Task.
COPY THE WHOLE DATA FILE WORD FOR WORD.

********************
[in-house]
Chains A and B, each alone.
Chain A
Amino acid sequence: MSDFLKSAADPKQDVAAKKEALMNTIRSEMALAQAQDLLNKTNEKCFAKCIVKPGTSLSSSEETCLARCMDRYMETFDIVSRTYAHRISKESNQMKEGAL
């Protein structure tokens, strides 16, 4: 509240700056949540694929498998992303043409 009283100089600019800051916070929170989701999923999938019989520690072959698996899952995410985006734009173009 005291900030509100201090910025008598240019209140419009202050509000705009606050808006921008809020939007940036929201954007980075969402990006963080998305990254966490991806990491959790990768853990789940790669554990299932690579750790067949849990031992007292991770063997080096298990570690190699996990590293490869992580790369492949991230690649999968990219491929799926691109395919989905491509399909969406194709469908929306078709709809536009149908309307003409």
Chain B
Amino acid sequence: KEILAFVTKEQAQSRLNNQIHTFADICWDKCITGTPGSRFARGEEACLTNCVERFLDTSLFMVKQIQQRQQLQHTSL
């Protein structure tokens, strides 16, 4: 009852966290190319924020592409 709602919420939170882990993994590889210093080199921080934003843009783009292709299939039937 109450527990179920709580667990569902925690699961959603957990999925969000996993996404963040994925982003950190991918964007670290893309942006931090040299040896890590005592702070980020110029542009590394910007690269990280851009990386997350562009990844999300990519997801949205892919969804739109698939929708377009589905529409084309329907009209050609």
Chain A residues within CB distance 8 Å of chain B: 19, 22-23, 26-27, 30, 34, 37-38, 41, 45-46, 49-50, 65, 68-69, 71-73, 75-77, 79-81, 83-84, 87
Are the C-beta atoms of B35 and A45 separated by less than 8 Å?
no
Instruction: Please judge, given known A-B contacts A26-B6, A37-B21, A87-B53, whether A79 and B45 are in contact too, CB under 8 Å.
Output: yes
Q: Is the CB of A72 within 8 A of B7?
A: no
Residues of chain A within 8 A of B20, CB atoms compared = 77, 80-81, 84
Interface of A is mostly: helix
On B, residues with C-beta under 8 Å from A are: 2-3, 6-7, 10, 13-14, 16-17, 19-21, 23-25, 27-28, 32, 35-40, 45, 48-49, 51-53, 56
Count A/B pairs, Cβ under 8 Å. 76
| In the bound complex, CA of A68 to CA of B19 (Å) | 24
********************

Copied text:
[in-house]
Chains A and B, each alone.
Chain A
Amino acid sequence: MSDFLKSAADPKQDVAAKKEALMNTIRSEMALAQAQDLLNKTNEKCFAKCIVKPGTSLSSSEETCLARCMDRYMETFDIVSRTYAHRISKESNQMKEGAL
């Protein structure tokens, strides 16, 4: 509240700056949540694929498998992303043409 009283100089600019800051916070929170989701999923999938019989520690072959698996899952995410985006734009173009 005291900030509100201090910025008598240019209140419009202050509000705009606050808006921008809020939007940036929201954007980075969402990006963080998305990254966490991806990491959790990768853990789940790669554990299932690579750790067949849990031992007292991770063997080096298990570690190699996990590293490869992580790369492949991230690649999968990219491929799926691109395919989905491509399909969406194709469908929306078709709809536009149908309307003409």
Chain B
Amino acid sequence: KEILAFVTKEQAQSRLNNQIHTFADICWDKCITGTPGSRFARGEEACLTNCVERFLDTSLFMVKQIQQRQQLQHTSL
């Protein structure tokens, strides 16, 4: 009852966290190319924020592409 709602919420939170882990993994590889210093080199921080934003843009783009292709299939039937 109450527990179920709580667990569902925690699961959603957990999925969000996993996404963040994925982003950190991918964007670290893309942006931090040299040896890590005592702070980020110029542009590394910007690269990280851009990386997350562009990844999300990519997801949205892919969804739109698939929708377009589905529409084309329907009209050609």
Chain A residues within CB distance 8 Å of chain B: 19, 22-23, 26-27, 30, 34, 37-38, 41, 45-46, 49-50, 65, 68-69, 71-73, 75-77, 79-81, 83-84, 87
Are the C-beta atoms of B35 and A45 separated by less than 8 Å?
no
Instruction: Please judge, given known A-B contacts A26-B6, A37-B21, A87-B53, whether A79 and B45 are in contact too, CB under 8 Å.
Output: yes
Q: Is the CB of A72 within 8 A of B7?
A: no
Residues of chain A within 8 A of B20, CB atoms compared = 77, 80-81, 84
Interface of A is mostly: helix
On B, residues with C-beta under 8 Å from A are: 2-3, 6-7, 10, 13-14, 16-17, 19-21, 23-25, 27-28, 32, 35-40, 45, 48-49, 51-53, 56
Count A/B pairs, Cβ under 8 Å. 76
| In the bound complex, CA of A68 to CA of B19 (Å) | 24